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On a complete whim, I picked up a copy of Dumbo Feather when I was in Seattle a couple of weeks ago. It's about the same size as Cabinet and was in the artsy section of the magazines. It's a quarterly, published in Australia and comprised primarily of interviews with five different, interesting people that no one has probably ever heard of. (Looking at their back issue list the only person I recognized was US author/artist Sabrina Ward Harrison.) In Issue #17 there is an aid worker turned film maker, artist, bookseller, midwife and cyclist/adventurer. There are also several one page pieces throughout the journal that ruminate on subjects that come up in the interviews or are excerpts of their subject's work. I found all of these interviews to be fascinating, really interesting reading and overall the whole package was very well put together and worth the price ($20 as it is an import but at 108 pages it's no slim little mag.) The one that really stuck with me though, no surprise, was Craig Walzer who along with some friends opened a bookstore in Greece.

Walzer's store was, it turns out, once named one of the best in the world. (Or so says one guy at The Guardian anyway.) Here is how Walzer's store, Atlantis Books was described in that piece:

This is a dream of a bookstore. Perched on the cliffs of this volcanic island in a postcard-worthy Greek villa, it's run by an international collective of artists, writers and activists. As well as organizing theatre and open-air cinema, they set up programs such as the 'book donkey', which brings books to the local schools.

From the Dumbo Feather article, Atlantis Books sounds alot like the famous (infamous) Shakespeare & Co. in Paris. Jeanette Winterson just visited that establishment and wrote up a profile. Here's a bit of that which rang like a clarion call to me:

It will be depressing if the Mad Hatter "wisdom" of the "free" market manages to do in France what it has done in the UK - that is, close two-thirds of independent bookshops. Anyone can buy cheaply online if they wish, but consumer evidence in France is that people prefer small stores and patronise them enough to keep them open. If the market is allowed to distort this preference, no one wins but the anonymous bully-on-the-block bookstores with their bored assistants and bestsellers. Writers suffer terribly because big bookshops don't backlist any more. Browsing a writer's backlist is a thing of the past, except in independent stores committed to the idea of books, rather than just selling books.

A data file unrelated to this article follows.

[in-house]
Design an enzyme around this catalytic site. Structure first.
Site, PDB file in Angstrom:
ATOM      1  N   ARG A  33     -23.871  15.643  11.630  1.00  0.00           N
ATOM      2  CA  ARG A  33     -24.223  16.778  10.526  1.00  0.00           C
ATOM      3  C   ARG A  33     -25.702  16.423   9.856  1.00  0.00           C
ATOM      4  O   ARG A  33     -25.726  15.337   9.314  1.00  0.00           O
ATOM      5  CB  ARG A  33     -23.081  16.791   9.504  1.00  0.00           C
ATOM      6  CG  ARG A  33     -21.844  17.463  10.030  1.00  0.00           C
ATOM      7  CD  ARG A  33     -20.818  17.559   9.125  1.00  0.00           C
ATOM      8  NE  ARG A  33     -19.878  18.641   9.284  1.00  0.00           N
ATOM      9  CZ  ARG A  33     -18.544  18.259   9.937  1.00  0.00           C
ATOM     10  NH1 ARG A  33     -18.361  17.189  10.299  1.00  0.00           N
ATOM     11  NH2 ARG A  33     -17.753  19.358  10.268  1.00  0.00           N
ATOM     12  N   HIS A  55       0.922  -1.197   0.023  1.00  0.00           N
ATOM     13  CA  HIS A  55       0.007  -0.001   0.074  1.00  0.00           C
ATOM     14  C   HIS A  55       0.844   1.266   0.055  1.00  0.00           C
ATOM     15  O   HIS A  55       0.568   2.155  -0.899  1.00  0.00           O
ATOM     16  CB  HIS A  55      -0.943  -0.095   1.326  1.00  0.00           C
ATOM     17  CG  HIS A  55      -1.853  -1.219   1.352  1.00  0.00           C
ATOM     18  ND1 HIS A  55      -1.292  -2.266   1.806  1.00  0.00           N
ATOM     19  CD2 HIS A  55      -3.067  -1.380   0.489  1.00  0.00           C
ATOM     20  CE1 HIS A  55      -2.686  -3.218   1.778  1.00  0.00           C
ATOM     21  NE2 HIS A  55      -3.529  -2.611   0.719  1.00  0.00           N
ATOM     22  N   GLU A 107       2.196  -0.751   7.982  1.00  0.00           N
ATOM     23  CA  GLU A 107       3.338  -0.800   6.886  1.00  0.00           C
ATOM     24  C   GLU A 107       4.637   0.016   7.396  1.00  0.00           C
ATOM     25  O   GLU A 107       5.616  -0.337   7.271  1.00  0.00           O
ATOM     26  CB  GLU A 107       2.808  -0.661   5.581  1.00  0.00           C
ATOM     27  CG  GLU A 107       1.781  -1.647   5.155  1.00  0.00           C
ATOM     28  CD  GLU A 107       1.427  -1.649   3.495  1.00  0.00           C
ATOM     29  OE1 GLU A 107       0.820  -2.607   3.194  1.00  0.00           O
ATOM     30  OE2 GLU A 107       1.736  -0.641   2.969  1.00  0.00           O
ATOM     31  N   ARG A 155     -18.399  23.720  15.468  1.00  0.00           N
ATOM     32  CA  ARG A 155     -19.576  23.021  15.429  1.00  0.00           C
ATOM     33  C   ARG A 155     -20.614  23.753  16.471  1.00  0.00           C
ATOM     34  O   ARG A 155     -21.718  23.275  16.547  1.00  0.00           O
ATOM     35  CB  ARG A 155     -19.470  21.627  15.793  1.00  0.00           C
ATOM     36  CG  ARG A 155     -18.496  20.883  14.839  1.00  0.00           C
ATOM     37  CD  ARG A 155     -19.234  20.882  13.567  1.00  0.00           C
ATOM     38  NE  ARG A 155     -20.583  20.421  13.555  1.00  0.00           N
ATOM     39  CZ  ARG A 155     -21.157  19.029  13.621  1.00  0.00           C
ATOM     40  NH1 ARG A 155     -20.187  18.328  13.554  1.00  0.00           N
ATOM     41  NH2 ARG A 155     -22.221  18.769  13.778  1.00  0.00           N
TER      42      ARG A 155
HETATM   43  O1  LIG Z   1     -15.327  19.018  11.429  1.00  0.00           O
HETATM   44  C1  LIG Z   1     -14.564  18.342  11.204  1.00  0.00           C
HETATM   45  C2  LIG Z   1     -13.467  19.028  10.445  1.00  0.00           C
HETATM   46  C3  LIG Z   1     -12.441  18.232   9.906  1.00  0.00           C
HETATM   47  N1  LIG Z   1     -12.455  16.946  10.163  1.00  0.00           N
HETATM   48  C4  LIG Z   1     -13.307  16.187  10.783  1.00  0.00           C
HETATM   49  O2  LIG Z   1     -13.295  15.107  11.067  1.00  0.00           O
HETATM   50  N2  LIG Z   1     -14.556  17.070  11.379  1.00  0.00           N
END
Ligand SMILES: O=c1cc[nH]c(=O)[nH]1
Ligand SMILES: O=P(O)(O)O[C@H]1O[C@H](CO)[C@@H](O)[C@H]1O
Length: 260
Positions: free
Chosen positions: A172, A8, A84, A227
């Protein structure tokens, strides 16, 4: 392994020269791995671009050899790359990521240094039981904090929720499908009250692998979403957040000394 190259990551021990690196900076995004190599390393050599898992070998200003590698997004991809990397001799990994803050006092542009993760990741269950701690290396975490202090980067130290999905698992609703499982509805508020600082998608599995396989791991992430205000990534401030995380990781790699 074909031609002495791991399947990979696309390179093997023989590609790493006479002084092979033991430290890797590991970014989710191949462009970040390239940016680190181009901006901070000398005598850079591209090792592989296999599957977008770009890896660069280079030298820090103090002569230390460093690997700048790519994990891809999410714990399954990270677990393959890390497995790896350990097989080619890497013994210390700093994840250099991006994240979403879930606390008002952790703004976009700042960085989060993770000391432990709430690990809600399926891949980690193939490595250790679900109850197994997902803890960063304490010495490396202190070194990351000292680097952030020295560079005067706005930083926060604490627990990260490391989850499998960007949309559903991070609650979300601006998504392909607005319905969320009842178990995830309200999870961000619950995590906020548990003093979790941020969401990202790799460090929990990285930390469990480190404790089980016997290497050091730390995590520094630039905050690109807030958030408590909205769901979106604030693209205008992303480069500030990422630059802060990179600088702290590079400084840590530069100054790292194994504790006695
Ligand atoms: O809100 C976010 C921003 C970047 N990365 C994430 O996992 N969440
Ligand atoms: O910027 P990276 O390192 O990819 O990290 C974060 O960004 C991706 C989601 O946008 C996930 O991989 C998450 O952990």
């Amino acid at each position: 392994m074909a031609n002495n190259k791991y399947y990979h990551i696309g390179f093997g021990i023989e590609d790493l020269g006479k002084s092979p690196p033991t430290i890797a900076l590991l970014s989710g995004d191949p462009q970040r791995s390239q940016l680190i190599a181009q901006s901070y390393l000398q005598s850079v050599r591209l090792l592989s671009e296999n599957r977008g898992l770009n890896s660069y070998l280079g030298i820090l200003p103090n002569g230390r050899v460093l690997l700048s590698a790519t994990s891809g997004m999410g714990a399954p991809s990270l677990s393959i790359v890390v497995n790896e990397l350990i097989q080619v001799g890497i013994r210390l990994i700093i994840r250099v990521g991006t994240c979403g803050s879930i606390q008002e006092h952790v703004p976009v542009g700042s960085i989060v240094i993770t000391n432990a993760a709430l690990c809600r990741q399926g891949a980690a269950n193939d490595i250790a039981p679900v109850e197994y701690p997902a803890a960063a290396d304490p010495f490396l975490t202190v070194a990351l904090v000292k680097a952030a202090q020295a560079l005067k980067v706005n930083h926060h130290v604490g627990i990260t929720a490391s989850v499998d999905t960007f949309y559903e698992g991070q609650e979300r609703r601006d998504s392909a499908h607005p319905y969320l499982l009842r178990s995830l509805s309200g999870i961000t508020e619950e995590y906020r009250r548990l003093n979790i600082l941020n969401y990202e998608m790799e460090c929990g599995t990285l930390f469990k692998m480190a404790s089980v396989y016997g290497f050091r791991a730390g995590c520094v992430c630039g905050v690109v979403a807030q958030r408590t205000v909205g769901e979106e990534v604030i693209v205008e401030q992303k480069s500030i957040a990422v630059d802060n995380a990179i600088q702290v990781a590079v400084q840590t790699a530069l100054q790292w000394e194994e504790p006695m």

Just the other day at Laini Taylor's blog in a post about the movie Twilight drawing new readers to the book (and thus other books), Laini mentioned rumors about how B&N is now looking (and accepting) mostly books like Twilight in their YA section. Here's a bit of Laini's post:

With the domino-like disappearance of independent bookstores, writers are increasingly dependent on chains to sell their books, and we are deeply, deeply grateful when they do. However, with one buyer for all the stores, and limited shelf space, there are books that get left out on a much larger scale than if an indie store here or there doesn't order it. There's no inherent evil at work: chains are certainly not out to stifle writers, but there's no getting around it: the death of independent book stores means: less choice for browsers.

But the reason any of this old news is relevant is that in this particular case, the rumored reason that B&N did not pick up this title was because they only want dark, edgy YA, a la Twilight. Eeeeek!